Syria ranks bottom in index on civil unrest threat to business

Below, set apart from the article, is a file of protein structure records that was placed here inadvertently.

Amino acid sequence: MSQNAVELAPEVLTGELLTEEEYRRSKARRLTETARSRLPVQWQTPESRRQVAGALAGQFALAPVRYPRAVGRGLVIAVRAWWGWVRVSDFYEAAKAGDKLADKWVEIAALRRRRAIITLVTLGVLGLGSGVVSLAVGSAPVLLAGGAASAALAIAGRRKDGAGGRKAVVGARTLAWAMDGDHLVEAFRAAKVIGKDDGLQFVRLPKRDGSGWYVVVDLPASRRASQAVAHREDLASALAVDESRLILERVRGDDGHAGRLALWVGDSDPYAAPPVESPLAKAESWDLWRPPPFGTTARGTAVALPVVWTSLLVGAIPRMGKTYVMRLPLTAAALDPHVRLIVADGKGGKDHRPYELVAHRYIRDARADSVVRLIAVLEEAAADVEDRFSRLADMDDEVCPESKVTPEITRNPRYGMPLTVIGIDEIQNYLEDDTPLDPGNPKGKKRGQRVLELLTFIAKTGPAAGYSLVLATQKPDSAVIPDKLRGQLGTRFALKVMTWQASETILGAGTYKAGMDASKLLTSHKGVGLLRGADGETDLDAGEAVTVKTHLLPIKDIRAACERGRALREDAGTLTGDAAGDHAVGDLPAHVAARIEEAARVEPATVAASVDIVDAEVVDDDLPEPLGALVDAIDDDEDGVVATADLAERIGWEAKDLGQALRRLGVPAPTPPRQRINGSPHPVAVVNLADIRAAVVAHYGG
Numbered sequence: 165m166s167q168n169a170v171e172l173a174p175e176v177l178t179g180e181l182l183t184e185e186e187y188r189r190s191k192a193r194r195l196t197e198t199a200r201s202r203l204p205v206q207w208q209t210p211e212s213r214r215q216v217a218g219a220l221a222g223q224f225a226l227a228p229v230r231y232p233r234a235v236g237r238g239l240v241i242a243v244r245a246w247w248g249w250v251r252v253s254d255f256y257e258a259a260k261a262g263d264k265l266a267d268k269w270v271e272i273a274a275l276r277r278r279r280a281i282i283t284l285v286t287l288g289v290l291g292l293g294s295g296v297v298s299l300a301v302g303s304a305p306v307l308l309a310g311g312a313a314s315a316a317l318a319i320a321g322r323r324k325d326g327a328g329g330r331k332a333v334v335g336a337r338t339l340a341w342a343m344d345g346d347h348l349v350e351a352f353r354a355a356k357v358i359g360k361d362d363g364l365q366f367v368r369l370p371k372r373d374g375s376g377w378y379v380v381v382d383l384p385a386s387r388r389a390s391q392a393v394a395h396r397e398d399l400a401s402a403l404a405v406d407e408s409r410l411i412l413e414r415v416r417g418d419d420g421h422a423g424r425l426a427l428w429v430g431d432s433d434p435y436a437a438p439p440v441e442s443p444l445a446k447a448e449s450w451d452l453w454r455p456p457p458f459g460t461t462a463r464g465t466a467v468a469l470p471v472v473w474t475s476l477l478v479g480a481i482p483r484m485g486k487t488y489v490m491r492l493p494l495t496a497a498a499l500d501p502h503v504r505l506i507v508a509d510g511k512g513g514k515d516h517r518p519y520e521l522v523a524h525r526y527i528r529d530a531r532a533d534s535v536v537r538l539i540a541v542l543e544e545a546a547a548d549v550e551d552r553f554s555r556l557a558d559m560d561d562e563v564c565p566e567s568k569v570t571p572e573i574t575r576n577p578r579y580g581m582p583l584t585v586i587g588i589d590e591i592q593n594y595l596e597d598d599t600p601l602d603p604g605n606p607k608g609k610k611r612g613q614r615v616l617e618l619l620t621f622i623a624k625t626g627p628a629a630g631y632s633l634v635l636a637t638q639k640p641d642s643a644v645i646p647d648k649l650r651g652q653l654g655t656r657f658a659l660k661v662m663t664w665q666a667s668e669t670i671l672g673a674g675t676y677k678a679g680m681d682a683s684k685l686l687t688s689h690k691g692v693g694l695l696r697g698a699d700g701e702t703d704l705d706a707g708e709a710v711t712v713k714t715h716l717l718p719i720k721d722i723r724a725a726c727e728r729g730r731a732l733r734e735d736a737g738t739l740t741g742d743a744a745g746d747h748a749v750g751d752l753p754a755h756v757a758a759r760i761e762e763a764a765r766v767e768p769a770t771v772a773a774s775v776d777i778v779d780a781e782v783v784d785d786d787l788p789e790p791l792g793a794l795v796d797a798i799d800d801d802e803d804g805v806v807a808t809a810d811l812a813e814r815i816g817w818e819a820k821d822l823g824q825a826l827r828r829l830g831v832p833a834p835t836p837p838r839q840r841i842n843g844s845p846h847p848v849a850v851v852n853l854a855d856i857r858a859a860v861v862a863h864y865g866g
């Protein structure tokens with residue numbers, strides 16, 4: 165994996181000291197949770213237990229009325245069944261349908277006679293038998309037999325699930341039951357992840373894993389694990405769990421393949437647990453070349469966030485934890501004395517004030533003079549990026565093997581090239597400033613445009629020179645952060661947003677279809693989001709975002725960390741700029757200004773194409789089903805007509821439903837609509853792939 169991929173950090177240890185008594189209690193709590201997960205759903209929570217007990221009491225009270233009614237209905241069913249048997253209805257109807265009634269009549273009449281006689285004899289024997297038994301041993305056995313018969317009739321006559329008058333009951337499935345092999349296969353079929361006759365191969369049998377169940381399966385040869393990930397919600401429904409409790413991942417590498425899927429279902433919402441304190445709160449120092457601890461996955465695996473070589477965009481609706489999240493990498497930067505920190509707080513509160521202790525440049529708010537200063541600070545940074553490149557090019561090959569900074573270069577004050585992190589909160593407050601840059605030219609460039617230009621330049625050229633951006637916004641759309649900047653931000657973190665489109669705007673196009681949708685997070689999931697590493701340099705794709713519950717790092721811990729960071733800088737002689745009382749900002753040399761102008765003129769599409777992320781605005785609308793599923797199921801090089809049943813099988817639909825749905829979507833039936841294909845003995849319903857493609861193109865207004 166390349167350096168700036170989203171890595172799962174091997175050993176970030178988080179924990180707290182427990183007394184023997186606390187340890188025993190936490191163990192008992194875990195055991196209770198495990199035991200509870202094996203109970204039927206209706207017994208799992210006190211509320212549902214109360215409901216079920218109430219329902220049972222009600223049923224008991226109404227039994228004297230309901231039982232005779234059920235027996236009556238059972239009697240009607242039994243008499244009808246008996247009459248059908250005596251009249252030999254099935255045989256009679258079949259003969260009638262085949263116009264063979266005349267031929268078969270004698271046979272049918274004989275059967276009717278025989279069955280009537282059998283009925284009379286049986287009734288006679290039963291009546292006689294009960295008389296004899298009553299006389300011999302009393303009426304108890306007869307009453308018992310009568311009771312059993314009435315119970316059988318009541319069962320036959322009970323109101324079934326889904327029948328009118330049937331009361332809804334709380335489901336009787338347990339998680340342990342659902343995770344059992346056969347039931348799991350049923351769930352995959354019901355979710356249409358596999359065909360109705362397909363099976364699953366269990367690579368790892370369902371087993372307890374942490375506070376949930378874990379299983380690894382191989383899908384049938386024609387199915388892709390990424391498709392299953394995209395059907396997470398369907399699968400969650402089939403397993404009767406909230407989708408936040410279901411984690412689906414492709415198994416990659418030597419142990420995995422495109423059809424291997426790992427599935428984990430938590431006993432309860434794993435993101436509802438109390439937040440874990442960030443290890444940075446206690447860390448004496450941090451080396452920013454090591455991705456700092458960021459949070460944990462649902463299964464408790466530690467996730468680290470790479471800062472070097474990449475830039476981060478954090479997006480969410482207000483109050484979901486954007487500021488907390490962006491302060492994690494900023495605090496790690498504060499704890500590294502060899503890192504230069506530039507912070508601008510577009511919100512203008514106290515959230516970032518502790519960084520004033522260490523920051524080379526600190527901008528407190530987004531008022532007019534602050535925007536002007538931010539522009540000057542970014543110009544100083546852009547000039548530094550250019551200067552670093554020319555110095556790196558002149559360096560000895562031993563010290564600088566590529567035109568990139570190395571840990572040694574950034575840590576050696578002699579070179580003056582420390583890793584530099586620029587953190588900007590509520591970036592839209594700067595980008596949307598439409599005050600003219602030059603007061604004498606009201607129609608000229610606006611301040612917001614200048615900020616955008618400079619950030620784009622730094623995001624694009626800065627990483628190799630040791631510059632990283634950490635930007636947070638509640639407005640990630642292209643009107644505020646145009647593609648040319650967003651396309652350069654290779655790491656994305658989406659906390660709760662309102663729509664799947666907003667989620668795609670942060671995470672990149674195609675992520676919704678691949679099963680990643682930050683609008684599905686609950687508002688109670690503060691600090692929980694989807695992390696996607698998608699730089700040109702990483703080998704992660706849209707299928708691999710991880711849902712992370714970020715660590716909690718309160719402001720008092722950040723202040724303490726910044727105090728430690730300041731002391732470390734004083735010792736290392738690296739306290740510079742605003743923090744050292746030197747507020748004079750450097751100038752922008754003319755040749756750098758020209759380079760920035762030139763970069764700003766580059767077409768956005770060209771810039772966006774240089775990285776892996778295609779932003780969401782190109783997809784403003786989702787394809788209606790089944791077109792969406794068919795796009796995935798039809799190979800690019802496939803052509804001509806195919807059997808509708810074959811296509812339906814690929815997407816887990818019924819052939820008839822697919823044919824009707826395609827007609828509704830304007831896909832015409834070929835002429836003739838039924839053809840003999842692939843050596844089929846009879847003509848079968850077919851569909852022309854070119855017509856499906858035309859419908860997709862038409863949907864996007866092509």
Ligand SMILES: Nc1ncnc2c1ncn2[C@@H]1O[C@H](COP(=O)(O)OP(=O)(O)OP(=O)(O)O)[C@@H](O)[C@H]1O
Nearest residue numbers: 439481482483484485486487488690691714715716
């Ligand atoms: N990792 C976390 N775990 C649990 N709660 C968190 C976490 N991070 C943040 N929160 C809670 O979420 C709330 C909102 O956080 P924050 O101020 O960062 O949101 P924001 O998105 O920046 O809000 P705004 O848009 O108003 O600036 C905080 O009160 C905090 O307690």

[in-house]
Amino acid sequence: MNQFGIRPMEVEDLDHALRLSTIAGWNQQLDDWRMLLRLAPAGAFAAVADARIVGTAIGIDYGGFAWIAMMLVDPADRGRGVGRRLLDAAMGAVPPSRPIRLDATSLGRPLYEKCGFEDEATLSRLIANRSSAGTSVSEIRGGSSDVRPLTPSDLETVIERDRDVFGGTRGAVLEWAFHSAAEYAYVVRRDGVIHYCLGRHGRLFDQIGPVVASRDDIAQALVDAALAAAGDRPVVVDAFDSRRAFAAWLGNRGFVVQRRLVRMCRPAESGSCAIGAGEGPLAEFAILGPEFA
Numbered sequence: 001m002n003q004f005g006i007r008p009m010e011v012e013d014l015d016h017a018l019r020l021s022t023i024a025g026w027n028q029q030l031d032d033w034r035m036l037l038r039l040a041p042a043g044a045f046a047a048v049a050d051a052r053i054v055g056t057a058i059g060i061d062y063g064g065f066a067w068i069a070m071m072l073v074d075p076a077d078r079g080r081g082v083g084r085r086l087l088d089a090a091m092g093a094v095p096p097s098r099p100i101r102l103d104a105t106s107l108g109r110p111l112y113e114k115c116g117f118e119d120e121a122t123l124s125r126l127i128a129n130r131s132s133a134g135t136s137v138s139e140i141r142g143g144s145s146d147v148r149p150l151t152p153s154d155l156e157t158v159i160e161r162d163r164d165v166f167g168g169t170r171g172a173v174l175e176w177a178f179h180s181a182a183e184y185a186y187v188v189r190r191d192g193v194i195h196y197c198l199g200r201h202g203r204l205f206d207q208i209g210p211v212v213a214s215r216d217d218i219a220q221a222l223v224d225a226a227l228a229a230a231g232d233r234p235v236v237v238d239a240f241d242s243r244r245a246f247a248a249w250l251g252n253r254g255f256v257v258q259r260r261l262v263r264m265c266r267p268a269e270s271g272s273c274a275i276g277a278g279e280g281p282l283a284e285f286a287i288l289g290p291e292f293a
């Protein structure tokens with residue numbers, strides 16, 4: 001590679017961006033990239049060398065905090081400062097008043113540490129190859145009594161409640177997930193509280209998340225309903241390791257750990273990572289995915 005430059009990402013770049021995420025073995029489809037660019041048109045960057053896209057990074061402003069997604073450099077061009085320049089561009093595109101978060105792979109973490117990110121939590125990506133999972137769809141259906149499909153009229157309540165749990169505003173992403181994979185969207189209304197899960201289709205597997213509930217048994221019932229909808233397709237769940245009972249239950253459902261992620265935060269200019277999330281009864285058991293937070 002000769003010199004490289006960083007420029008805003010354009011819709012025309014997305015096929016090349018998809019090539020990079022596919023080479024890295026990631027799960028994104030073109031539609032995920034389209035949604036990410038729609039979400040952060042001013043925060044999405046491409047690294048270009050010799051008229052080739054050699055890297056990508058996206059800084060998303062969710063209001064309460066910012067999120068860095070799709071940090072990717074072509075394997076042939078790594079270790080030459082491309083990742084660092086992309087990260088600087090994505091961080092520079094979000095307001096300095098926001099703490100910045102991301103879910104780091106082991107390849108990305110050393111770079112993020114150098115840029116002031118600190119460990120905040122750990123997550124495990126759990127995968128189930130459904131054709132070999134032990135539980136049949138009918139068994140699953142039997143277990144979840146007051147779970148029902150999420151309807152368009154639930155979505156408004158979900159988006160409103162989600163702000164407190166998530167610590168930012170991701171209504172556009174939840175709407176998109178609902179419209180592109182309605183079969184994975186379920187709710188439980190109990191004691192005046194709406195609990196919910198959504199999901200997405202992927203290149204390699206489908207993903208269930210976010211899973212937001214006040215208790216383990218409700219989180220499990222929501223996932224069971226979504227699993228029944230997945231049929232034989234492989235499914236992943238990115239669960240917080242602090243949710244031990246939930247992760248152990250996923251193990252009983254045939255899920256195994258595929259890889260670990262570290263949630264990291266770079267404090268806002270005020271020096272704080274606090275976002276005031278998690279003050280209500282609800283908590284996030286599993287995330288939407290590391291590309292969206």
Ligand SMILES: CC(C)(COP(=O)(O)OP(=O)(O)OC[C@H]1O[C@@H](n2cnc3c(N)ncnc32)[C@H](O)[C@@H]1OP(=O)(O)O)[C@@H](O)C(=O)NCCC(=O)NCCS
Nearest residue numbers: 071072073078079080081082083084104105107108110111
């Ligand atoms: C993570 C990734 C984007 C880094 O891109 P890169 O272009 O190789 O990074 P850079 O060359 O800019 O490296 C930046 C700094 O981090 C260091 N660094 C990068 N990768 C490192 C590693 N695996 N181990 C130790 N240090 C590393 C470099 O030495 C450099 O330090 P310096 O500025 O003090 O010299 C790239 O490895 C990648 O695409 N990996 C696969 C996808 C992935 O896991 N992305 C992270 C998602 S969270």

By Kieran Guilbert LONDON (Thomson Reuters Foundation) - Syria was the worst performer in a civil unrest index released on Wednesday which showed that strikes, protests and conflict have increased the risk of business disruption in one in five countries over the past three months. It was the second successive quarter in which Syria was at the bottom of the Civil Unrest Index, which analysed the risk of civil unrest disrupting business operations in 197 countries. War-torn Syria was followed by Central African Republic, Pakistan, Sudan and South Sudan, all of which were considered at "extreme risk" because of internal conflict and violence. The risk to businesses from civil unrest has risen for several reasons - the outbreak of Ebola in West Africa, protests against the Israeli military operation in Gaza and demonstrations against Russian military intervention in Ukraine, said risk analysis company Maplecroft, which compiled the index. Charlotte Ingham, principal analyst at Maplecroft, said the index would help multinational corporations and non governmental organisations alike to put in place contingency measures when working in areas affected by civil unrest. "Civil unrest is a significant concern for organisations, as it can impact the safety of employees and company property," Ingham told the Thomson Reuters Foundation. "Tracking the trajectory of countries with rising levels of unrest should be a top priority for business community planners and risk managers," she said. Maplecroft is a global risk analytics, mapping and forecasting company. INCREASED RISK IN HONG KONG Hong Kong experienced the largest increase in risk over the last quarter, falling to 70th from 132nd place in the ranking after the mass democracy protests of recent weeks. Liberia saw the second highest rise in risk, dropping to 74th from 113th place due to mounting unrest caused by the spread of the Ebola virus. The index found that civil unrest in a further 69 countries potentially posed a "high risk" to the continuity of business operations, including the Asian manufacturing hubs of Thailand, Indonesia, Vietnam, China, India, Cambodia and the Philippines. Several companies operating in and sourcing from these countries have faced severe disruption as a result of civil unrest, including strikes, while the economic impacts have also been significant, the report accompanying the index said. Prolonged anti-government protests in Thailand, culminating in a military coup in May 2014, led the International Monetary Fund to lower the 2014 projected GDP growth rate to 2.5 percent from 5.2 percent, which could cost the country an estimated $9.8 billion, the report said. The best-performing countries in the index were San Marino, Liechtenstein, Denmark, Iceland and Norway, all of which were in the top 10 in the previous quarter too. (Reporting By Kieran Guilbert; Editing by Tim Pearce)